Saints receive little resistance from Dolphins

New Orleans Saints fans packing the Mercedes-Benz Superdome on Monday night began singing, “Hey, hey, hey, goodbye,” to the Miami Dolphins with about six minutes left in the third quarter.

That’s how quickly New Orleans’ elite quarterback, his plethora of weapons and the opportunistic defense that complement them had secured their ninth consecutive win on “Monday Night Football,” a 38-17 victory that improved their record to 4-0 and left them with a commanding 2 1/2-game lead in the NFC South.

Drew Brees had four touchdowns and 413 yards on 30-of-39 passing. It was the 10th 400-yard game of his career with the Saints, and his passer rating was a blistering 144.5.

“He is at a really sharp level,” coach Sean Payton understated. “He did a good job with his progressions, protected the football well, and he was outstanding.”

The best tight end in the NFL, Jimmy Graham, caught two of Brees’ scoring throws, ultimately tallying four receptions for 100 yards. Running back Darren Sproles, with seven catches for 114 yards and a lost fumble, hauled in a third Brees touchdown throw and added a rushing score to crush a Dolphins team whose worst defeat to the Saints occurred the last time they played in the regular season — in Miami four seasons ago, when New Orleans won by 12 and later returned to that city to win Super Bowl XLIV.

Sproles added 28 yards on four rushes, 44 yards on three punt returns, and 36 yards on two kickoff returns to account for 222 total yards.

The Saints defense eliminated any hope Miami had of keeping up.

Defensive ends Cameron Jordan and Tyrunn Walker and outside linebackers Junior Galette and Martez Wilson each sacked the Dolphins’ Ryan Tannehill — all in the second half — bullying an offensive line that has allowed the league’s most sacks.

“We want to dominate up front, and that’s what we did,” Galette said. “We had to keep getting after it, take advantage of that weak offensive line.”

Galette accused the Dolphins of acting like “fake tough guys” as the game wore on, talking trash even though New Orleans was up big.

“It is what it is,” Galette said. “I think we know who the real (undefeated) team was.”

The crowd at the Superdome rewarded each sack with a deafening roar, and Jordan said, “You could definitely feel the momentum swing our way.”

Jordan, in the Saints locker room, slipped on a pair of bright red-colored glasses and described the atmosphere on the field as “a party really.”

“You look over, and everybody is like, ‘Yeah, I’m about to get a sack,’ ” Jordan boasted. “We were just talking to each other about who’s going to get there first.”

But the sacks were only part of the problem for Miami. Saints linebacker Curtis Lofton stripped Tannehill at the end of an 8-yard scramble, which safety Rafael Bush recovered at New Orleans’ 38 in the second quarter. Cornerback Jabari Greer picked off Tannehill in the second quarter; and in the fourth quarter, cornerback Chris Carr and linebacker Will Herring chipped in interceptions.

When the carnage was over, Tannehill was 22-of-35 for 249 yards, a 3-yard touchdown to tight end Charles Clay in the fourth quarter and the three picks.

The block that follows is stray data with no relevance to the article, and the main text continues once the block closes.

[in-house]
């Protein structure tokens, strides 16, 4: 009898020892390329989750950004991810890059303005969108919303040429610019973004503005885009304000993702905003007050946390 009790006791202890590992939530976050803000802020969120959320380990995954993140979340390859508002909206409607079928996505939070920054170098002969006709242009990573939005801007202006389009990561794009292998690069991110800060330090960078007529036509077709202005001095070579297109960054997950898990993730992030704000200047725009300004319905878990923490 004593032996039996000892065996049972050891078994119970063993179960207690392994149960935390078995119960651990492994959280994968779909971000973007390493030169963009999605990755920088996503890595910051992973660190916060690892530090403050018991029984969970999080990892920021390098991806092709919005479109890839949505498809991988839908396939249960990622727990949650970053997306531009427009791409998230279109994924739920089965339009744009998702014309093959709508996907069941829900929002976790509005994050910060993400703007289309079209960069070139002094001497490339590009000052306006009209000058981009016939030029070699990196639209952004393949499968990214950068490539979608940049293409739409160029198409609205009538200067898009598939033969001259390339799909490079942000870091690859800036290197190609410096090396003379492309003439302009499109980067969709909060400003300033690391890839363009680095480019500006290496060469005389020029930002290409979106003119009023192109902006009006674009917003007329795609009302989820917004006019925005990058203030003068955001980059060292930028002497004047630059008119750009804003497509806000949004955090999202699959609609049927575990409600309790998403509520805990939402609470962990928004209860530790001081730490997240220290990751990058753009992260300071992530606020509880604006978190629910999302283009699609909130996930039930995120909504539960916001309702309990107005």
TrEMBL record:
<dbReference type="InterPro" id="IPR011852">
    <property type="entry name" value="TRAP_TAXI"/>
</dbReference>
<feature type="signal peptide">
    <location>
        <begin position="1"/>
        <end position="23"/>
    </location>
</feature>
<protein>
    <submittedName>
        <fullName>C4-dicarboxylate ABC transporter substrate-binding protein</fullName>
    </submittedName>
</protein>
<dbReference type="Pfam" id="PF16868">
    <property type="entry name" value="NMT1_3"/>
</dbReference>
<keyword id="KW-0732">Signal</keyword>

Dolphins running back Lamar Miller had a 5-yard touchdown run in the second quarter, and kicker Caleb Sturgis had a 34-yard field goal in the first.

On the drives that didn’t end in turnovers or scores, the Saints held Miami to four punts and a kneel-down at the end of the first half. Bush’s fumble recovery set up a 27-yard touchdown pass from Brees to Graham, who out-leapt both cornerback Brent Grimes and Jamar Taylor to reel in the score in the left side of the end zone.

Greer’s interception set up a 13-yard touchdown pass from Brees to Sproles on a third-and-11.

Sproles caught the pass at the 5, remaining focused on the ball though a defender had lunged for it. Sproles spun around after the catch and tiptoed up the left sideline into the end zone.

It was Sproles’ second score; he had run in a handoff from the 5 for a touchdown on the game’s first drive. The Saints ran for 68 yards on 24 attempts.

Sproles’ and Graham’s touchdowns put New Orleans up 21-10 at halftime.

Brees, who was sacked twice, threw a 4-yard touchdown pass to tight end Ben Watson and a 43-yard strike to Graham in the third quarter, and kicker Garrett Hartley hit a 29-yard field goal to cap the scoring.

Hartley made all of his extra points but missed a 43-yard field goal attempt late in the third quarter.

The Saints now prepare for what will arguably be their toughest two-game stretch so far this year, visiting the Chicago Bears (3-1) on Sunday and the New England Patriots (4-0) a week later.

New Orleans’ past three trips to Chicago’s Soldier Field were at the beginning of the Brees (and coach Sean Payton era), and they ended in disaster. The Saints lost the 2006 NFC Championship Game and were eliminated from playoff contention the following two seasons.

Meanwhile, New England’s 92-24 record since 2006 is the best in the NFL, and its 36-6 record at home is the best since 2008.

New Orleans sits atop the NFC South, ahead of Carolina (1-2), Atlanta (1-3) and Tampa Bay (0-4).

But right tackle Zach Strief refused to liken this year’s team to the Super Saints of 2009.

“They’re so different — it’s so hard,” he said. “I would say right now, absolutely not. ... Look, we’re four games into the season. Nothing’s been decided, but at the same time, we couldn’t ask to be in a better position.

“The fact of the matter is it’s on us to maintain this and keep it going, and that starts next week in Chicago.”